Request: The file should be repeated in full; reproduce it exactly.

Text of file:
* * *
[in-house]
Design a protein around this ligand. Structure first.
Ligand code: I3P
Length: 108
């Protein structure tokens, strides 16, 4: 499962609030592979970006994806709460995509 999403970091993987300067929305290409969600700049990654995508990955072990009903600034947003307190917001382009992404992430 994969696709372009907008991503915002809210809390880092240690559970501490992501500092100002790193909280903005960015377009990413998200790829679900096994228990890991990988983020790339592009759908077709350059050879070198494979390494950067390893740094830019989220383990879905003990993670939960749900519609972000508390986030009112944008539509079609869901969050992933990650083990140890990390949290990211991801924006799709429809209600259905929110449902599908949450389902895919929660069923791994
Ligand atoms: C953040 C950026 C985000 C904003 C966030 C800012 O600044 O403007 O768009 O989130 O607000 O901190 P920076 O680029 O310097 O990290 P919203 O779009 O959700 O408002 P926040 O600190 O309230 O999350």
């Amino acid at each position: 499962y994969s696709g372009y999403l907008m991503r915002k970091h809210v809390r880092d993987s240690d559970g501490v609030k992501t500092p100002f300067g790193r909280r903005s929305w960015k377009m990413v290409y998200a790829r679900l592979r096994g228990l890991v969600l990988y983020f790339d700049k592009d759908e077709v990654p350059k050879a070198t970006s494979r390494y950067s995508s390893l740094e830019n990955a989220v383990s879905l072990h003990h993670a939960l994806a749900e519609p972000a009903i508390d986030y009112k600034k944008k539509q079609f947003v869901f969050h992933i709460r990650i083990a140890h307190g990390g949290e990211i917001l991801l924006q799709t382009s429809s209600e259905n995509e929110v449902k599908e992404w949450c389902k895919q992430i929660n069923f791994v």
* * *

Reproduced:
[in-house]
Design a protein around this ligand. Structure first.
Ligand code: I3P
Length: 108
């Protein structure tokens, strides 16, 4: 499962609030592979970006994806709460995509 999403970091993987300067929305290409969600700049990654995508990955072990009903600034947003307190917001382009992404992430 994969696709372009907008991503915002809210809390880092240690559970501490992501500092100002790193909280903005960015377009990413998200790829679900096994228990890991990988983020790339592009759908077709350059050879070198494979390494950067390893740094830019989220383990879905003990993670939960749900519609972000508390986030009112944008539509079609869901969050992933990650083990140890990390949290990211991801924006799709429809209600259905929110449902599908949450389902895919929660069923791994
Ligand atoms: C953040 C950026 C985000 C904003 C966030 C800012 O600044 O403007 O768009 O989130 O607000 O901190 P920076 O680029 O310097 O990290 P919203 O779009 O959700 O408002 P926040 O600190 O309230 O999350």
């Amino acid at each position: 499962y994969s696709g372009y999403l907008m991503r915002k970091h809210v809390r880092d993987s240690d559970g501490v609030k992501t500092p100002f300067g790193r909280r903005s929305w960015k377009m990413v290409y998200a790829r679900l592979r096994g228990l890991v969600l990988y983020f790339d700049k592009d759908e077709v990654p350059k050879a070198t970006s494979r390494y950067s995508s390893l740094e830019n990955a989220v383990s879905l072990h003990h993670a939960l994806a749900e519609p972000a009903i508390d986030y009112k600034k944008k539509q079609f947003v869901f969050h992933i709460r990650i083990a140890h307190g990390g949290e990211i917001l991801l924006q799709t382009s429809s209600e259905n995509e929110v449902k599908e992404w949450c389902k895919q992430i929660n069923f791994v």